Suffice to say, Hariri’s opponents and even internet trolls have successfully thrown the ball back into Saudi Arabia’s court and the Saudi leadership probably didn’t see this coming. But since the Saudi royal court (or whatever is left of it) has effectively declared that Lebanon is at war with them, we can only hope the disintegration of their media strategy will give them pause before pursuing further actions on the ground.

Wouldn’t it be great if all wars were limited to creative media messaging, and the winner could be decided with likes and retweets instead of missiles and bullets?

Via: Abbas Hamideh

What had been one of the most beautiful and historic buildings on Jeanne d’Arc street will soon be gone. Here’s a picture of it from January:

Jan 2017 (Before)

And yesterday:

Sept. 2017( After)

The demolition was well under way last week and it probably won’t survive much longer.

The Jeanne d’Arc building is/was just a couple of blocks up from the American University Of Beirut, a few streets from busy Hamra street.

Jan 2017

You could still see one of the arched window on the lower floor yesterday. Some say it will become a parking lot:

Sept. 2017

Elder neighborhood residents told me the building was easily over 100 years old. This would have made it one of the oldest in Hamra, where most development accelerated in the 1950s and 1960s. Before that Hamra was largely an agricultural area, a far cry from the urban density today where barely a tree can be found. Can you imagine how it might have looked, surrounded by orchards and greenery?

Jan. 2017
Sept. 2017

The door is still in tact too, but probably not for long:

Behind the building along Sidani street, there were three other old buildings, seen here in a photo I took for a post three years ago:

Dec. 2013

Almost all of these have also been demolished:

Sept. 2017

The block had already been in a poor state when I saw it, perhaps abandoned for decades:

Dec. 2013

But still quaint and worth restoring, one would think:

Dec. 2013

Now there is little left but the tree:

Sept. 2017

And the tree growing out of one building– compare to top photo. The tin door overhang is still there:

Also notice the turret-like stones on the building behind it. I’ve seen this on some old Ras Beirut buildings and not sure if it was decorative or part of the structure.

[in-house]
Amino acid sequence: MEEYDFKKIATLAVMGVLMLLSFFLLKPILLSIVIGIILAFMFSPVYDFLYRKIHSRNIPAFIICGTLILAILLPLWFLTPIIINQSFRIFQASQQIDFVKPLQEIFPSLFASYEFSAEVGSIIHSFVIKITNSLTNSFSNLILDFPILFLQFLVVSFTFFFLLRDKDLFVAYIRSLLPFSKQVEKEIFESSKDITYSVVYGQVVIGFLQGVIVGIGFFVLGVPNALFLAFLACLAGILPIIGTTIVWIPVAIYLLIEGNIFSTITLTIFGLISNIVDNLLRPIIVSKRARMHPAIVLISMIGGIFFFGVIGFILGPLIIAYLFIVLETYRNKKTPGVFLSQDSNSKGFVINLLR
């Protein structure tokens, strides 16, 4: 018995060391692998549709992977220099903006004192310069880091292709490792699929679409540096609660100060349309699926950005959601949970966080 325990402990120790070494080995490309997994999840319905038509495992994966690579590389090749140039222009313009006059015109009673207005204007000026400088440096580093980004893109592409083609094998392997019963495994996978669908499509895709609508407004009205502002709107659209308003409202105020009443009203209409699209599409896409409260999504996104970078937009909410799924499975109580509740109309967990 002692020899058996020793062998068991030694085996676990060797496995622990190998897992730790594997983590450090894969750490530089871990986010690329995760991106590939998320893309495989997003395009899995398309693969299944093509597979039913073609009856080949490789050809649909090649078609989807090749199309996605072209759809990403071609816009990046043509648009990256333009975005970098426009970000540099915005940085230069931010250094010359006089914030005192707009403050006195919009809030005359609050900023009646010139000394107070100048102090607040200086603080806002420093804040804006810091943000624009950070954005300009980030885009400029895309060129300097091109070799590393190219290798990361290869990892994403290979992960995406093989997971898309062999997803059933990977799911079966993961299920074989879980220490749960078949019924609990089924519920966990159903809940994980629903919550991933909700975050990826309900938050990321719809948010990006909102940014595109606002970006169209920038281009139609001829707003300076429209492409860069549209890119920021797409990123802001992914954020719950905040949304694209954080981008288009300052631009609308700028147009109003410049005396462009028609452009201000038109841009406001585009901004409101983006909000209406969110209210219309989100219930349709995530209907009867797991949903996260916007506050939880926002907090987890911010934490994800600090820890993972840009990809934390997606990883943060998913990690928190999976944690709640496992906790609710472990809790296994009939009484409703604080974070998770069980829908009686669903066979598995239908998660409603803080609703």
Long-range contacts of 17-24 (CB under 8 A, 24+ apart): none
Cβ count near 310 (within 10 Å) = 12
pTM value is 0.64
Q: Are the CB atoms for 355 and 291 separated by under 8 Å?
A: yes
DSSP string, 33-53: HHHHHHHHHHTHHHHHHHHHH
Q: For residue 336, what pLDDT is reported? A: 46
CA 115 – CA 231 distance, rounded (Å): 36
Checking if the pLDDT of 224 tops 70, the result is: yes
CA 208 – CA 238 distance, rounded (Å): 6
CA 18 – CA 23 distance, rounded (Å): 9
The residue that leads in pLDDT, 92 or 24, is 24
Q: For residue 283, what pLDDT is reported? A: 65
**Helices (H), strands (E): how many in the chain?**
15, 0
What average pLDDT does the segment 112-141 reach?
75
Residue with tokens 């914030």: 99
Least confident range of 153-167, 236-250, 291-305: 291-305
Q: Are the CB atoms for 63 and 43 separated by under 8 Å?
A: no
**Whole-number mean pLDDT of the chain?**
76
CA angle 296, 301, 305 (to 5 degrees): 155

All the buildings are made of sandstone, which is supposedly protected by heritage laws:

Some said one of the buildings had been used as a school in more recent years, which seemed evident from some of the debris:

And the wall paintings:

I also noticed a number of roof tiles salvaged from the rubble:

They had a cool bee imprint:

Upon closer look, you can make out the name of the manufacturer: “Guichard Carvin & Cie” made in “Marseille St. Andre”

A quick internet search revealed these to be produced as early as the late 1800s.

Source: Mario

Can you imagine these tiles survived over 100 winters? I wonder how long today’s roof tiles last?

Another thing they don’t make like they used to is landscaping. Even though this decrepit block is falling apart, it is still the greenest place on the street, which is now full of concrete high rises:

Most people probably know the block by the old photo shop. A lot of things in the area seem to use ‘palladium’ including an old cinema not far away.

Questions remain. Why was one of the oldest buildings in the neighborhood not protected? What type of heritage laws allow the most historic building on one of the city’s most historic streets to be razed without a trace? Where was the Ministry of Culture and the Municipality of Beirut?

This could have been a rare opportunity not only to preserve a single building out of context, but an entire block, frozen in the early part of the century.  Whether as a community garden, small museum or even refurbished shops or apartments, it could have been a chance to protect a sliver of old Hamra at a time when much of the neighborhood’s architectural identity is gradually being erased, replaced by methodic glass and concrete structures that can be found anywhere and devoid of detailed craftsmanship.

While it stood, this block was a faint reminder of where we came from: the urban heritage and the social fabric that laid the foundation for what would become one of the city’s busiest neighborhoods.

But that window on the past is rapidly fading. And it’s being filled with rubble and concrete.

Always take pictures of old Beirut buildings. You never know when you will become an accidental archivist.


Source: Campaign to save Red House

It seems everywhere you turn in Hamra, there is a new tower coming up. None of them affordable so most are empty. The old storefronts and casual street life marked by locals chatting on the sidewalks and old men pulling up plastic chairs becomes replaced by large metal gates and car garages: no loitering, no spontaneity, no sense of community is sanctioned by unregulated private capital keen on exclusive luxury property development.